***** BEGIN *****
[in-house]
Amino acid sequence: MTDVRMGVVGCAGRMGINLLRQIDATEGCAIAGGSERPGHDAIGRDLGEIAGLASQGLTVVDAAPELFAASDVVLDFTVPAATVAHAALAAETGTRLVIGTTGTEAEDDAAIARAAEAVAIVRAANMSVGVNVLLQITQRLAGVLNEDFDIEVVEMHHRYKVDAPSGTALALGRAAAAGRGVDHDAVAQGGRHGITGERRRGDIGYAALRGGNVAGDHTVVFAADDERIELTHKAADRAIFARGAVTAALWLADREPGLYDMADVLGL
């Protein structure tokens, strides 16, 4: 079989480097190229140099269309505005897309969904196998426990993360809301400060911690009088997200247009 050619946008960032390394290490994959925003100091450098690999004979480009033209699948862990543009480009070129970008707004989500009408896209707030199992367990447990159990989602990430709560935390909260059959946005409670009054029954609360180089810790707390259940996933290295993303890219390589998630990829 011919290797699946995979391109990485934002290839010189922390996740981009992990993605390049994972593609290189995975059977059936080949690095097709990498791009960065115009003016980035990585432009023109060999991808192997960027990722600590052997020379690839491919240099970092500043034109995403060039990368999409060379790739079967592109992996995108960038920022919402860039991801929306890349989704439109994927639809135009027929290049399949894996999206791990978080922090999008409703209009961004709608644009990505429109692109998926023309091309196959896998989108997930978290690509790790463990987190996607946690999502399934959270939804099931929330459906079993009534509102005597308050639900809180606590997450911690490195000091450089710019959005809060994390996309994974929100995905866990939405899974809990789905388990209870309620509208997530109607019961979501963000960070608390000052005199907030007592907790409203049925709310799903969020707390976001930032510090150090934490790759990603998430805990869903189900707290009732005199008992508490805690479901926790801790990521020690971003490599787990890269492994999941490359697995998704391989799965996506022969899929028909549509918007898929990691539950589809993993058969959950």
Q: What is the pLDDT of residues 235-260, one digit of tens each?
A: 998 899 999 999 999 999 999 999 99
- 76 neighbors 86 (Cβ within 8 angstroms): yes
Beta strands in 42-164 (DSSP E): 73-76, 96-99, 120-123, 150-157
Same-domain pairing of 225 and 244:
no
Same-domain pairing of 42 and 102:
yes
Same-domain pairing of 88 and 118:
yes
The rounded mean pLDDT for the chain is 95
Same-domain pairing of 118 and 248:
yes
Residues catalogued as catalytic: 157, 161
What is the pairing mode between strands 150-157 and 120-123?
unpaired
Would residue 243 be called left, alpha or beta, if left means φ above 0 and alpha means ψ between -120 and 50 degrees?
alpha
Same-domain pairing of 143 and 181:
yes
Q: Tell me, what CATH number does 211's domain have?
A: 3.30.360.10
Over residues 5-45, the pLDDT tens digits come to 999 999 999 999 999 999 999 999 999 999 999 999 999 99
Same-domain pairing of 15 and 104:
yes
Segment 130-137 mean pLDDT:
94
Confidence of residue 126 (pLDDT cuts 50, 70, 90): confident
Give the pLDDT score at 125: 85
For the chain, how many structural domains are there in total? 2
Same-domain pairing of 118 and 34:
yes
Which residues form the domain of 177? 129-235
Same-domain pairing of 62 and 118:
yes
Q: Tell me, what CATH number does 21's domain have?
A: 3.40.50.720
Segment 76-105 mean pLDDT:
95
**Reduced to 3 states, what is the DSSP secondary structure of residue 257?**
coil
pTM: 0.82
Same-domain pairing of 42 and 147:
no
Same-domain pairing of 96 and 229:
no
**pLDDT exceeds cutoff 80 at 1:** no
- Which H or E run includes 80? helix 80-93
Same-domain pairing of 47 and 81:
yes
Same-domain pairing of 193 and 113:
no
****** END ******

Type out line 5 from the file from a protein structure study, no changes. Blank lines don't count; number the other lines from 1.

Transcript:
A: 998 899 999 999 999 999 999 999 99